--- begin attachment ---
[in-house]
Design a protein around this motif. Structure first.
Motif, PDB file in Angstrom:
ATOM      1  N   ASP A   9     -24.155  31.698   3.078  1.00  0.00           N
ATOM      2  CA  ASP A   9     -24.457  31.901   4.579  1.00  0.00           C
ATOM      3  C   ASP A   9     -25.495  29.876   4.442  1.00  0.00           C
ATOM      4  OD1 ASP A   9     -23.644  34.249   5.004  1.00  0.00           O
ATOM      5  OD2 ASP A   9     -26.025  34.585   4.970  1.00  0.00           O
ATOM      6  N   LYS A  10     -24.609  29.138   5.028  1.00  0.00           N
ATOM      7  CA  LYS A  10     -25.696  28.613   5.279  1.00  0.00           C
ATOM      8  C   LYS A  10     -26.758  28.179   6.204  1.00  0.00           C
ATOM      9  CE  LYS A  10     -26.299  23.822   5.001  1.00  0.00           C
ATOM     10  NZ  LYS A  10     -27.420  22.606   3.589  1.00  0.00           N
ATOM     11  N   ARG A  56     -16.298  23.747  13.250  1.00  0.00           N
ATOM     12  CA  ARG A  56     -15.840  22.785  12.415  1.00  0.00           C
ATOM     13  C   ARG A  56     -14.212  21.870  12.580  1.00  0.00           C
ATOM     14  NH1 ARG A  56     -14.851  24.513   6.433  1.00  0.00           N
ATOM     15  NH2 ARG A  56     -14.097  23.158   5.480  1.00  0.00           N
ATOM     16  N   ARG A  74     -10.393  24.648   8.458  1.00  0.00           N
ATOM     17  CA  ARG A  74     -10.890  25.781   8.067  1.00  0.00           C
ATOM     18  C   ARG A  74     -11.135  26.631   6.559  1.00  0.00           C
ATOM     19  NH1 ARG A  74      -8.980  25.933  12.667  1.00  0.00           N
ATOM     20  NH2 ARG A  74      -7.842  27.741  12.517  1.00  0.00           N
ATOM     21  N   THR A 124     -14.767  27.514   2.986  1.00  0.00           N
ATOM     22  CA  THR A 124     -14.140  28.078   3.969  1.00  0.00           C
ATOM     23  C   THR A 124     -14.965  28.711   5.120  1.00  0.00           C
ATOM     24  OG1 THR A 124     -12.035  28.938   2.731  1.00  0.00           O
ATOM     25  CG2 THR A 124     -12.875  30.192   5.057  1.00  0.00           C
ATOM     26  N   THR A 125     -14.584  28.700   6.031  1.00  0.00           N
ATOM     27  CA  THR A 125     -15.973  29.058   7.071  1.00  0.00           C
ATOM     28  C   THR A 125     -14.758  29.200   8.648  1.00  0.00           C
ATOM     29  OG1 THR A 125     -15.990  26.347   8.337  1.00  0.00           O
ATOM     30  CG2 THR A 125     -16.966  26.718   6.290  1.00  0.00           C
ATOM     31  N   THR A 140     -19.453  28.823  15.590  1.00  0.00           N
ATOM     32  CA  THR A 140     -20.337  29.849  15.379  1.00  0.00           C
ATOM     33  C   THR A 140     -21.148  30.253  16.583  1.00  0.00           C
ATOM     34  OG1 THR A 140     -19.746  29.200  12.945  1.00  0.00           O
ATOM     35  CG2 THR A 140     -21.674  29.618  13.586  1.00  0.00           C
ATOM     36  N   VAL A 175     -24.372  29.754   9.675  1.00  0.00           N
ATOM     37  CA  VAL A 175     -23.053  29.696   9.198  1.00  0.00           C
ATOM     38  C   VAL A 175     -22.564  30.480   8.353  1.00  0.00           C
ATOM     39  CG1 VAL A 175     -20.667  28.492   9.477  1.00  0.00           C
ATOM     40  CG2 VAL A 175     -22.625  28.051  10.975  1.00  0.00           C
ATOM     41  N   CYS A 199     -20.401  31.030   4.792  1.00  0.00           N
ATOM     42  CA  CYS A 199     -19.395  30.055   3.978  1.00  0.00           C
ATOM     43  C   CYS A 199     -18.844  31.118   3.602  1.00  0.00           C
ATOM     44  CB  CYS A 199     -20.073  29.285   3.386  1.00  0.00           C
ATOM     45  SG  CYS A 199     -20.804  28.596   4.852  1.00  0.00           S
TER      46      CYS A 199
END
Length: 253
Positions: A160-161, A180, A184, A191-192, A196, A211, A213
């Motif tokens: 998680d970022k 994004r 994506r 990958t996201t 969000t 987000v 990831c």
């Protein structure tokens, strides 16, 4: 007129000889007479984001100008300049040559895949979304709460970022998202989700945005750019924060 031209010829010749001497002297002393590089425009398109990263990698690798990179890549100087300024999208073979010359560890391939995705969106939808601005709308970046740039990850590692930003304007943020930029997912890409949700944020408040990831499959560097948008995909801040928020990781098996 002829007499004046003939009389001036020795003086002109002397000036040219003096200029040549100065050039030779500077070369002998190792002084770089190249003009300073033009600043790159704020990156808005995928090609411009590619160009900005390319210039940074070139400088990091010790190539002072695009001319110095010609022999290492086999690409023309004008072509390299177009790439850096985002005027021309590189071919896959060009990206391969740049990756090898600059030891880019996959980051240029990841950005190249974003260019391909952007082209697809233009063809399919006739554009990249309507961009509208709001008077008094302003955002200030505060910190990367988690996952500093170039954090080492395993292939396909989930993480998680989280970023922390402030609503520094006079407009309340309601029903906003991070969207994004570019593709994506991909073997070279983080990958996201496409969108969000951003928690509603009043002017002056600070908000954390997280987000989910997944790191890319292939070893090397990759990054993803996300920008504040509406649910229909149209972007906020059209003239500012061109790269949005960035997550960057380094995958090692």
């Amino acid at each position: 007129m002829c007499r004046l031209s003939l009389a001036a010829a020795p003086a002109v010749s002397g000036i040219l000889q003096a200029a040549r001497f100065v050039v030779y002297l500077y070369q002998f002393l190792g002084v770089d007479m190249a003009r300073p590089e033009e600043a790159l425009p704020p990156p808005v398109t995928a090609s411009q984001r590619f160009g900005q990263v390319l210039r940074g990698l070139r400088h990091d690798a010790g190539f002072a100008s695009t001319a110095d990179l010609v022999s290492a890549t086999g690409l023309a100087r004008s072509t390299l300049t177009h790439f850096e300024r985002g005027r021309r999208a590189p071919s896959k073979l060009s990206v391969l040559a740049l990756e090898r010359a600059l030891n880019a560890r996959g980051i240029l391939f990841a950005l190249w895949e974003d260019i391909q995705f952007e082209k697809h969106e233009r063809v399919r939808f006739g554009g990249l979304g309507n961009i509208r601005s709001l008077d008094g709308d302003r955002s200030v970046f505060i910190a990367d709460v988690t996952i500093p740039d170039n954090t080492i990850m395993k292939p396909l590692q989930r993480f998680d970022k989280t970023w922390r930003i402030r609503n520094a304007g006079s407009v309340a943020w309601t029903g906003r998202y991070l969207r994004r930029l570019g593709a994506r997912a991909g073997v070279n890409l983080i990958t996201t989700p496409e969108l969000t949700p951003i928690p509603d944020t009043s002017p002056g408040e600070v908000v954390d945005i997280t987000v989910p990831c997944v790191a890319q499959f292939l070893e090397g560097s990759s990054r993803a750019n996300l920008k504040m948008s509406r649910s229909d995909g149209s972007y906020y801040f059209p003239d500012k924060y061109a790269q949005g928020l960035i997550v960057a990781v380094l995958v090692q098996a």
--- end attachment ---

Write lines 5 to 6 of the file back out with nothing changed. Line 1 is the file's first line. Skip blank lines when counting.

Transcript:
ATOM      2  CA  ASP A   9     -24.457  31.901   4.579  1.00  0.00           C
ATOM      3  C   ASP A   9     -25.495  29.876   4.442  1.00  0.00           C